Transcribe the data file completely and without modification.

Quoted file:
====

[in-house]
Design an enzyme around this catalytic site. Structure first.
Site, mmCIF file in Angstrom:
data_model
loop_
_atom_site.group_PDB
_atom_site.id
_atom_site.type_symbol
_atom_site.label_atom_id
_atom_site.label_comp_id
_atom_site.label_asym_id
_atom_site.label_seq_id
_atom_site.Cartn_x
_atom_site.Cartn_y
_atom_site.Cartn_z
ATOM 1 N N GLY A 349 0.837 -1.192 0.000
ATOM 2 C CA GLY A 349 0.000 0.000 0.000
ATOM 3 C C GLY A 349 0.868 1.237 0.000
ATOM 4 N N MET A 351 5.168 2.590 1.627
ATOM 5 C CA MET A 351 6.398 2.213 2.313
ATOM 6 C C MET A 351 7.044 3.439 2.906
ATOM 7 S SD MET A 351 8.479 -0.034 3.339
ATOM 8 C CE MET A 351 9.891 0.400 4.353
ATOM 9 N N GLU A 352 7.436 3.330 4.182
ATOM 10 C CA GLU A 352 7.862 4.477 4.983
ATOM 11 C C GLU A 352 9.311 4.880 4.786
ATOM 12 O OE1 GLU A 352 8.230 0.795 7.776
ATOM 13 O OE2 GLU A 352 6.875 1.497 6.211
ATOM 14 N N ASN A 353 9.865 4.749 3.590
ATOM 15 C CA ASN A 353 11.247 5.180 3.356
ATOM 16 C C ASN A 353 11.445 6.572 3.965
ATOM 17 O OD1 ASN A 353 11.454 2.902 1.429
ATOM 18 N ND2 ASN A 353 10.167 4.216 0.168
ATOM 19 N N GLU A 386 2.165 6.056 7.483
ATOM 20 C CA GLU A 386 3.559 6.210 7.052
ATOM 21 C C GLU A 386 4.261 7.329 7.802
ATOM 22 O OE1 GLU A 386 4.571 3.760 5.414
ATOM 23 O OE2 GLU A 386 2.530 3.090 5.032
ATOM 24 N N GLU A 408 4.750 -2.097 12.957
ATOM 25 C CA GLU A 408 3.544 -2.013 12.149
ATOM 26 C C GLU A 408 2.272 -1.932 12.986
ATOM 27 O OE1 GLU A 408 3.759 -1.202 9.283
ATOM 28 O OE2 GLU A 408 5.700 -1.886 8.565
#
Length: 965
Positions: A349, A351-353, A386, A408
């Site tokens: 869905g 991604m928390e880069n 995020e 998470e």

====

[in-house]
Design an enzyme around this catalytic site. Structure first.
Site, mmCIF file in Angstrom:
data_model
loop_
_atom_site.group_PDB
_atom_site.id
_atom_site.type_symbol
_atom_site.label_atom_id
_atom_site.label_comp_id
_atom_site.label_asym_id
_atom_site.label_seq_id
_atom_site.Cartn_x
_atom_site.Cartn_y
_atom_site.Cartn_z
ATOM 1 N N GLY A 349 0.837 -1.192 0.000
ATOM 2 C CA GLY A 349 0.000 0.000 0.000
ATOM 3 C C GLY A 349 0.868 1.237 0.000
ATOM 4 N N MET A 351 5.168 2.590 1.627
ATOM 5 C CA MET A 351 6.398 2.213 2.313
ATOM 6 C C MET A 351 7.044 3.439 2.906
ATOM 7 S SD MET A 351 8.479 -0.034 3.339
ATOM 8 C CE MET A 351 9.891 0.400 4.353
ATOM 9 N N GLU A 352 7.436 3.330 4.182
ATOM 10 C CA GLU A 352 7.862 4.477 4.983
ATOM 11 C C GLU A 352 9.311 4.880 4.786
ATOM 12 O OE1 GLU A 352 8.230 0.795 7.776
ATOM 13 O OE2 GLU A 352 6.875 1.497 6.211
ATOM 14 N N ASN A 353 9.865 4.749 3.590
ATOM 15 C CA ASN A 353 11.247 5.180 3.356
ATOM 16 C C ASN A 353 11.445 6.572 3.965
ATOM 17 O OD1 ASN A 353 11.454 2.902 1.429
ATOM 18 N ND2 ASN A 353 10.167 4.216 0.168
ATOM 19 N N GLU A 386 2.165 6.056 7.483
ATOM 20 C CA GLU A 386 3.559 6.210 7.052
ATOM 21 C C GLU A 386 4.261 7.329 7.802
ATOM 22 O OE1 GLU A 386 4.571 3.760 5.414
ATOM 23 O OE2 GLU A 386 2.530 3.090 5.032
ATOM 24 N N GLU A 408 4.750 -2.097 12.957
ATOM 25 C CA GLU A 408 3.544 -2.013 12.149
ATOM 26 C C GLU A 408 2.272 -1.932 12.986
ATOM 27 O OE1 GLU A 408 3.759 -1.202 9.283
ATOM 28 O OE2 GLU A 408 5.700 -1.886 8.565
#
Length: 965
Positions: A349, A351-353, A386, A408
């Site tokens: 869905g 991604m928390e880069n 995020e 998470e």